How Your Mental Load Impacts Chronic Pain

How Your Mental Load Impacts Chronic Pain

Have you ever felt so overwhelmed that managing the simplest of chores seems impossible? Mental load, or cognitive load, is the amount of mental effort it takes to perform a task. It’s that mental list that you keep in your head of all of the things that you need to tackle in a day, week, or month. 

And your mental load can actually lead to an increase in chronic pain.

Research suggests that having a heavy mental load can worsen chronic pain because when you’re under the stress of managing multiple tasks at once, your brain remains in a state of hypervigilance, also known as the fight-or-flight response. When your brain is in a persistent state of stress, your muscles become tense, stress hormones are released, and pain pathways in the brain become activated.  This can eventually lead to increased pain perception and decreased pain tolerance. 

It can be a vicious cycle – chronic pain can cause persistent stress and muscle tension, which increases mental load, and makes it more difficult to complete tasks on your list, leading to more stress. Increased stress and mental load can cause other symptoms over time.

What is Chronic Pain? 

Pain that consistently lasts for more than three months is considered chronic. While acute pain (pain lasting for less than 3 months) is often due to an injury, research shows that most chronic pain is due to neural pathways in the brain. 

Chronic pain can have a significant impact on your life. It can interfere with sleep, work, relationships, and activities of daily living. It can also lead to depression, anxiety, and social isolation.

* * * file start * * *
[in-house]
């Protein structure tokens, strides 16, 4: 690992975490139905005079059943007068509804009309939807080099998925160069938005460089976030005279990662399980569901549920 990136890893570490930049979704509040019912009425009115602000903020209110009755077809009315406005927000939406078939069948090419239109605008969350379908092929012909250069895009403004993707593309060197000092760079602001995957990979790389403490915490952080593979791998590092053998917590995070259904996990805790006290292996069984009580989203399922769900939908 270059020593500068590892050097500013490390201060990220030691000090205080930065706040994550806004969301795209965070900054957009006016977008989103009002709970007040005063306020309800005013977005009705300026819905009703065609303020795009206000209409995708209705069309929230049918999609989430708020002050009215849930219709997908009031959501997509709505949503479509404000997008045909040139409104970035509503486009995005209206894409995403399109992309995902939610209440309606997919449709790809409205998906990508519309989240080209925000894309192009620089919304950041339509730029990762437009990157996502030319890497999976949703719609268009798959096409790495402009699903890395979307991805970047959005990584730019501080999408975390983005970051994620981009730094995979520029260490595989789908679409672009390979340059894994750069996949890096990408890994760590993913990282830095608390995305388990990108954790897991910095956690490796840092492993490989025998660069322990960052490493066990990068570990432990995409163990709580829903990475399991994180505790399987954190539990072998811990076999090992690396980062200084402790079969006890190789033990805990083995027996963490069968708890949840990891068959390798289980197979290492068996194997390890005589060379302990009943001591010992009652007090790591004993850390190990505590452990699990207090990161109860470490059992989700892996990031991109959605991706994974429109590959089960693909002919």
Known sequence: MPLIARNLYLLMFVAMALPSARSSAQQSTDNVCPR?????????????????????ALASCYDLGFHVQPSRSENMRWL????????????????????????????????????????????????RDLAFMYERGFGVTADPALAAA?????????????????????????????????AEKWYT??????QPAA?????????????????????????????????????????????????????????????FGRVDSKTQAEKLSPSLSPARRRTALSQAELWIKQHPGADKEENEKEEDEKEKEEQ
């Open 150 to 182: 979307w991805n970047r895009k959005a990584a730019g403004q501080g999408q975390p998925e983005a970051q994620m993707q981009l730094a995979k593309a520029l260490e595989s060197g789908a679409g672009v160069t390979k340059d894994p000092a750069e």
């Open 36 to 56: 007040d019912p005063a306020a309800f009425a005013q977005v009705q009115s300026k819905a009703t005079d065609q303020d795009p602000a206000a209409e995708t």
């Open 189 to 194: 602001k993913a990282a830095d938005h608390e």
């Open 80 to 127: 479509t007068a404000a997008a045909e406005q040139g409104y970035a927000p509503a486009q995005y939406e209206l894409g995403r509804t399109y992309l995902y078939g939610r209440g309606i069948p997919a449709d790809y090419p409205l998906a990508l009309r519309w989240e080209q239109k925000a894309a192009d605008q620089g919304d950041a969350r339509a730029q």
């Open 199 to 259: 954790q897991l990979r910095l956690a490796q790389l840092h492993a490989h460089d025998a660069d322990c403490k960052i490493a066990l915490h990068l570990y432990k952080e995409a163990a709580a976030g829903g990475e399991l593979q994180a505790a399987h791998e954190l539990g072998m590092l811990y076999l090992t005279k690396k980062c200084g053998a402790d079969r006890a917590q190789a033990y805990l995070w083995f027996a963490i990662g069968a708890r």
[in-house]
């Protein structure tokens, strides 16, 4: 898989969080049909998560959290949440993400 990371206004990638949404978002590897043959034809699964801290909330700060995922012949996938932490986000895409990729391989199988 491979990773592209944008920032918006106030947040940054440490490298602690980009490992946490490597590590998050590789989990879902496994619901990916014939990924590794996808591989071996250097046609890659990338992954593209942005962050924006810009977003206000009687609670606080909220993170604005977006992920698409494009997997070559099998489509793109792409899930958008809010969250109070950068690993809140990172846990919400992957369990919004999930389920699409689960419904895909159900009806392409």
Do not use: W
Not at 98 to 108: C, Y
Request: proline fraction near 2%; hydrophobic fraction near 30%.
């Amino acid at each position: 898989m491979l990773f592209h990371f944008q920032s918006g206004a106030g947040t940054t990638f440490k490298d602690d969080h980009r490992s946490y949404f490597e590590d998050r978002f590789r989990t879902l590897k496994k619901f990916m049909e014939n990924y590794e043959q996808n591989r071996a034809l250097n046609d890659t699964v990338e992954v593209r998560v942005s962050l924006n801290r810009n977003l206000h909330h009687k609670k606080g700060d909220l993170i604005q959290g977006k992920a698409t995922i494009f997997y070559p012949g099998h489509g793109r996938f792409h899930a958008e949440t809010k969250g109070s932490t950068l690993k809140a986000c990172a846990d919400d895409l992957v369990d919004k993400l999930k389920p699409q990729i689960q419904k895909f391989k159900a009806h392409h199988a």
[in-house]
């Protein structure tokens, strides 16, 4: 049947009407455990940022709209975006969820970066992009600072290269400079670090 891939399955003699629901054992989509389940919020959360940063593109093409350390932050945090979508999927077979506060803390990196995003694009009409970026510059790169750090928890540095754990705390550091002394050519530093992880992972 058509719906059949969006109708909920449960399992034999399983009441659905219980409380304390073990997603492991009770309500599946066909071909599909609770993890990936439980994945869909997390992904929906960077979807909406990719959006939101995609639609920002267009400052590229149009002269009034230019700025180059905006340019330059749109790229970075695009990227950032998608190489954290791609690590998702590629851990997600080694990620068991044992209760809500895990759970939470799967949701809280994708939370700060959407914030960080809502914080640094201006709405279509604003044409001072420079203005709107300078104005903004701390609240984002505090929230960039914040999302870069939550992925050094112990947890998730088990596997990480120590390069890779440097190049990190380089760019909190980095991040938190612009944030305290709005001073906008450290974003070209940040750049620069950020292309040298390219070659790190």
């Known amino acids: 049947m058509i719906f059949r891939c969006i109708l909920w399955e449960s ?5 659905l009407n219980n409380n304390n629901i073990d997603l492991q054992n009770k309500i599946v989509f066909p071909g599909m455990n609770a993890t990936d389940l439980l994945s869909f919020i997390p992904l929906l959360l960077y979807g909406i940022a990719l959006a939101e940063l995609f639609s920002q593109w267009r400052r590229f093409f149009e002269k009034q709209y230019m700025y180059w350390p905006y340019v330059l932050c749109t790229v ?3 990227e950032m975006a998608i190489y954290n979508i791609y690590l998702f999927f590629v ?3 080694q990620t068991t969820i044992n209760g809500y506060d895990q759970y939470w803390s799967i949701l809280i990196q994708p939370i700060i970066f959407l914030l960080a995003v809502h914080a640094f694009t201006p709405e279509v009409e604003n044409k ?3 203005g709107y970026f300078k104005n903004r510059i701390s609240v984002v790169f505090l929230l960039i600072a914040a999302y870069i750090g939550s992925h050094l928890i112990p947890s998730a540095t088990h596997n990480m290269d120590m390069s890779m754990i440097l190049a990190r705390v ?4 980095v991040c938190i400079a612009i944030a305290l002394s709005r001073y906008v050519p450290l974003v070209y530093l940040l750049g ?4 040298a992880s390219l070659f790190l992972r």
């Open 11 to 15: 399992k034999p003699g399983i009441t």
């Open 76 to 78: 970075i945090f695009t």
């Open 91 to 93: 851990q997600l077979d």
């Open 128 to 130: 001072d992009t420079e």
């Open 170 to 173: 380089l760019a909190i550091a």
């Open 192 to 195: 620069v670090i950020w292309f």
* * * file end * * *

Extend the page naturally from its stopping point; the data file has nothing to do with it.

Managing the Mental Load

Chronic pain can improve when you reduce stress associated with your mental load. You may have a long to-do list but the key is to practice being more mindful and handling the tasks with more ease and balance. 

 Here are some helpful tips to reduce the impact of stress:

  • Share the load: If you feel overwhelmed, don’t be afraid to seek help. Ask friends or family members for help, or consider hiring someone to assist you with tasks.
  • Take breaks: Take regular breaks throughout the day to be mindful and tune into what is happening in your mind and body. Slow down, take some deep breaths, or go outside for fresh air.
  • Add in movement: Incorporate gentle exercise into your routine to relieve stress, improve mood, and boost energy levels. 
  • Establish boundaries: Practice saying no to overwhelming requests to safeguard your time.
  • Incorporate relaxation techniques: Meditation, yoga, or spending time outside can help reduce stress. 
  • Get enough sleep: Having a consistent bedtime routine can help with stress management and reduce pain. In addition, if you are having issues with falling asleep and staying asleep, getting care for your insomnia is critical.
  • Connect with your loved ones: Stay connected with loved ones and participate in enjoyable activities together.
  • Consult a professional: A therapist can impart valuable coping strategies and help you devise a stress management plan. 

Therapy for Reducing Mental Load and Managing Chronic Pain

Living with chronic pain can be difficult, but there’s no reason to navigate it without support. There are resources available to assist you in managing your pain and easing the mental burden it imposes – and interventions like pain reprocessing therapy are evidence-based and can help you to reduce pain. 

Lowering stress levels, seeing pain as non-threatening, and improving coping mechanisms can enhance your quality of life and enable you to manage chronic pain more effectively. Contact us today to get started!

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